LAKE MACBRIDE— A group called Saving America’s Farm Ground and Environment (S.A.F.E.) is hosting a meeting tomorrow about MidAmerican Energy’s study of two sites in Iowa where they may propose to build nuclear power plants. A representative from the electric utility is scheduled to brief the group about their plans, something they did previously only in a private meeting with land owners near the proposed site at 150th Street and Sweetland Road in rural Muscatine. My friends at Blog for Iowa posted details about the meeting here. Under different circumstances, I would attend, but alas, I have to work a job to pay my utility bills.
If the global mind exists, as Al Gore posits in his book “The Future: Six Drivers of Global Change,” it is powered by electricity. How society will produce the electricity to communicate is an open question. In a consumer society, electricity also powers cooking, laundry, staying up after sunset, and a host of personal and industrial tasks. Participants in a consumer society don’t often consider the question because the electric utility bill is inexpensive compared to other budget items.
What people do know is they don’t want a nuclear power plant in their back yard, and that is why people in Muscatine County are getting together. The memories of Chernobyl and Fukushima are too fresh, there is no safe level of radiation, and while the geography of the proposed site appears to be in the middle of nowhere, it is on prime farmland, and of interest to people from miles around.
MidAmerican Energy has a track record of obfuscation about their nuclear plans, and tends to operate in a perpetual salesmanship mode full of talking points and puffery. Locals are skeptical of their assertions, but until now, have been denied access to the discussion. This makes tomorrow’s meeting important, especially if the utility company is willing to listen.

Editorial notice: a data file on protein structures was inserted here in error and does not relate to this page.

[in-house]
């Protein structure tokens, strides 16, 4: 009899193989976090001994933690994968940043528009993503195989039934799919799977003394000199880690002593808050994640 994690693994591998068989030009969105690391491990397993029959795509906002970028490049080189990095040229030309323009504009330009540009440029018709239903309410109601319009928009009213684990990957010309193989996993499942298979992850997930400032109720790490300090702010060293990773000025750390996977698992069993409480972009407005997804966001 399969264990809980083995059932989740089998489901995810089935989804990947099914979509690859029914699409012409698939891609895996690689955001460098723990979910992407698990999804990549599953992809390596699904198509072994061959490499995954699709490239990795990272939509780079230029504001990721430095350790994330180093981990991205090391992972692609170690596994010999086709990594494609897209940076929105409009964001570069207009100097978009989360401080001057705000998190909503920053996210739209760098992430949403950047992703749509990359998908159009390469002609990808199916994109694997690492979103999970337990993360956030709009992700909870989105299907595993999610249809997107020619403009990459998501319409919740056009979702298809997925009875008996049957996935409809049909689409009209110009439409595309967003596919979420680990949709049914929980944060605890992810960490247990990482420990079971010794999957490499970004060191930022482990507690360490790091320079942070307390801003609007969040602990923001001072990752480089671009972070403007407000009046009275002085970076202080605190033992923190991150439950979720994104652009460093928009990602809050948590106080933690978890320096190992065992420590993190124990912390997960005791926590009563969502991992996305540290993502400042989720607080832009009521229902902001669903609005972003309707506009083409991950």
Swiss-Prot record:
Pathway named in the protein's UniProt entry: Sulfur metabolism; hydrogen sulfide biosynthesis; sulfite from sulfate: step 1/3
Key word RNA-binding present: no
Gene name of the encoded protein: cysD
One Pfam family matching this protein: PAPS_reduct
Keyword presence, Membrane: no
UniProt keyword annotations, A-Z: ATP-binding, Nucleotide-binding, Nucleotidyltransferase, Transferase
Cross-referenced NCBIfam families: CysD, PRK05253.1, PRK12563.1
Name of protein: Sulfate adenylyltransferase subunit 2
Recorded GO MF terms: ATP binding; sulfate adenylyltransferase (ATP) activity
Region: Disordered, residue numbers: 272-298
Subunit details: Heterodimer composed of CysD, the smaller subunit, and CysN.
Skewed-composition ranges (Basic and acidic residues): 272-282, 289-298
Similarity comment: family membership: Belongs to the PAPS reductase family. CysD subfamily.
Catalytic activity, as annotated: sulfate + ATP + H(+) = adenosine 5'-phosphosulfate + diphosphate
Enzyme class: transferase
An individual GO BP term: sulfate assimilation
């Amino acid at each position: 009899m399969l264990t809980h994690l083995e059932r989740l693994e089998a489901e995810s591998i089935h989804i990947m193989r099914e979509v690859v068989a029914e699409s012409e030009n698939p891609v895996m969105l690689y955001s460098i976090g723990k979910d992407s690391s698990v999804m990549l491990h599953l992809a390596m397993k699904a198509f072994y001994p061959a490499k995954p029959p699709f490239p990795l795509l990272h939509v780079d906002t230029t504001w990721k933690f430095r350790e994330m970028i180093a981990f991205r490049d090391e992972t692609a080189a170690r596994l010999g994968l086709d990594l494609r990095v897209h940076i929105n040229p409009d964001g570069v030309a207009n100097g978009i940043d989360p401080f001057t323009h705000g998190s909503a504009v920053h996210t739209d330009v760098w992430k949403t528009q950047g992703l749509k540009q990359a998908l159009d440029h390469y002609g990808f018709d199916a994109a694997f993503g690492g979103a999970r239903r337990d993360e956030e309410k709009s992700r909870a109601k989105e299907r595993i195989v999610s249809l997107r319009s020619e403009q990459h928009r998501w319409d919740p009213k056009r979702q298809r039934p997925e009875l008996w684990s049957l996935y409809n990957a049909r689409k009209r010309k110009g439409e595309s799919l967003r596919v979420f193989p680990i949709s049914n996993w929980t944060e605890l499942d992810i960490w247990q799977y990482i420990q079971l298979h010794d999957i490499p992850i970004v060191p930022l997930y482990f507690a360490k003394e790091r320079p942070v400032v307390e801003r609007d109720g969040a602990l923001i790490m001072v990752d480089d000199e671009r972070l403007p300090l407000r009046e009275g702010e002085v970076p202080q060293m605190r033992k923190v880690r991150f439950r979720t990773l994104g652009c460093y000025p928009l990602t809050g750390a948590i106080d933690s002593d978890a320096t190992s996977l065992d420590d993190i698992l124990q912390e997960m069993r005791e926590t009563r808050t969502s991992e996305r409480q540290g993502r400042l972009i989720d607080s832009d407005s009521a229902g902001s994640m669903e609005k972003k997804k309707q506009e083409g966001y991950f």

A simple truth about nuclear power is that it is too expensive for anyone to capitalize, including Warren Buffett’s MidAmerican Energy, without financial considerations that a public utility can get only through legislative action. MidAmerican’s legislative agenda regarding new nuclear power was blocked during the 84th Iowa General Assembly. In a sense, the community resistance to a new nuclear power plant is putting the cart before the horse. Nonetheless, we should be listening to hear the reaction and press coverage of the concerned citizens meeting tomorrow. If we care about sustainability in a turbulent world, this activity is one to watch.
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